Chris Mannon: March 2008 Archives

RoBoDog...a New Trick

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There are several techniques used by malware coders to infiltrate a seemingly secure network. I recently saw an interesting new way for attackers to potentially cause massive amounts of damage to networked computers. It begins like most of these attacks begin?One person downloading something they shouldn?t.

The person responsible for the infection will not likely know that they are infected. After downloading an executable from a Chinese site (in the case of the example I will be using in this blog) and subsequently running said executable, it is deleted from the system. Before it is deleted it drops several files in the system32 directory as well as a rootkit in the temp directory of the infected PC.

These files are responsible for sending ARP requests across the network in order to map the infected LAN.

The dat file is used to store the phone home URLs this infection tries to call to on this and any other machine it can infect.

As you can see here, the infection monitors the download status of the malware files. In order to get away with this level of treachery, the attacker has a rootkit and a bot installed in a temp directory.

This rootkit creates a service called PciHardDisk. This is probably to discourage any curious parties from deleting it.

The innocent looking robopup executable directly above the rootkit is actually ran whenever certain processes attempt to run. The attacker accomplishes this through a very unique way that is likely to be used more frequently in the future. Within the Windows API, there is a place in the registry called the Image File Execution Options. The purpose of this location is legitimate, but also has malicious applications. It is possible to add a filename (for example: notepad.exe) in this area in the registry, set it as a debugger to another application (for example: bad.exe). If this happens, then every time the user attempts to run notepad.exe, the OS will run bad.exe instead.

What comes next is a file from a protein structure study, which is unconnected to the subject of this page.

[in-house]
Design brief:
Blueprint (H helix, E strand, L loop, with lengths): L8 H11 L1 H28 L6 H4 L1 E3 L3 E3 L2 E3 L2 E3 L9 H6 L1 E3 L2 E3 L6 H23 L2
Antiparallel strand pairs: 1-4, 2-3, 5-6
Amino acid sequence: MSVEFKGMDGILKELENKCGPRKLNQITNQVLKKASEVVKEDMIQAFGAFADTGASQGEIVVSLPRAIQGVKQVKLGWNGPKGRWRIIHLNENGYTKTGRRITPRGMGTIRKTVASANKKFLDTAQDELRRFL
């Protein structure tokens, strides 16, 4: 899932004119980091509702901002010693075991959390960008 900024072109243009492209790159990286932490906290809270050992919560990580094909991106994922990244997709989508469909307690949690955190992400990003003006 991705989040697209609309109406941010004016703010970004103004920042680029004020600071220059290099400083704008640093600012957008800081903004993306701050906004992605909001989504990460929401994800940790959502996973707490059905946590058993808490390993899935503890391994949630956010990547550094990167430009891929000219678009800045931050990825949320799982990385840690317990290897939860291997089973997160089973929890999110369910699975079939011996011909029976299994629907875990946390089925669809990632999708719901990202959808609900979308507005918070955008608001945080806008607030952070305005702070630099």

The attacker manipulates the registry so that a select group of processes will run the robopup executable previously seen in the temp directory.

Network administrators should watch their server logs for any kind of unauthorized activity trying to look for directories to browse. It should appear to look something like this:

translate: f
User-Agent: Microsoft-WebDAV-MiniRedir/5.1.2600

Facetime Security Labs detects this threat as RoBoDog.

About this Archive

This page is a archive of recent entries written by Chris Mannon in March 2008.

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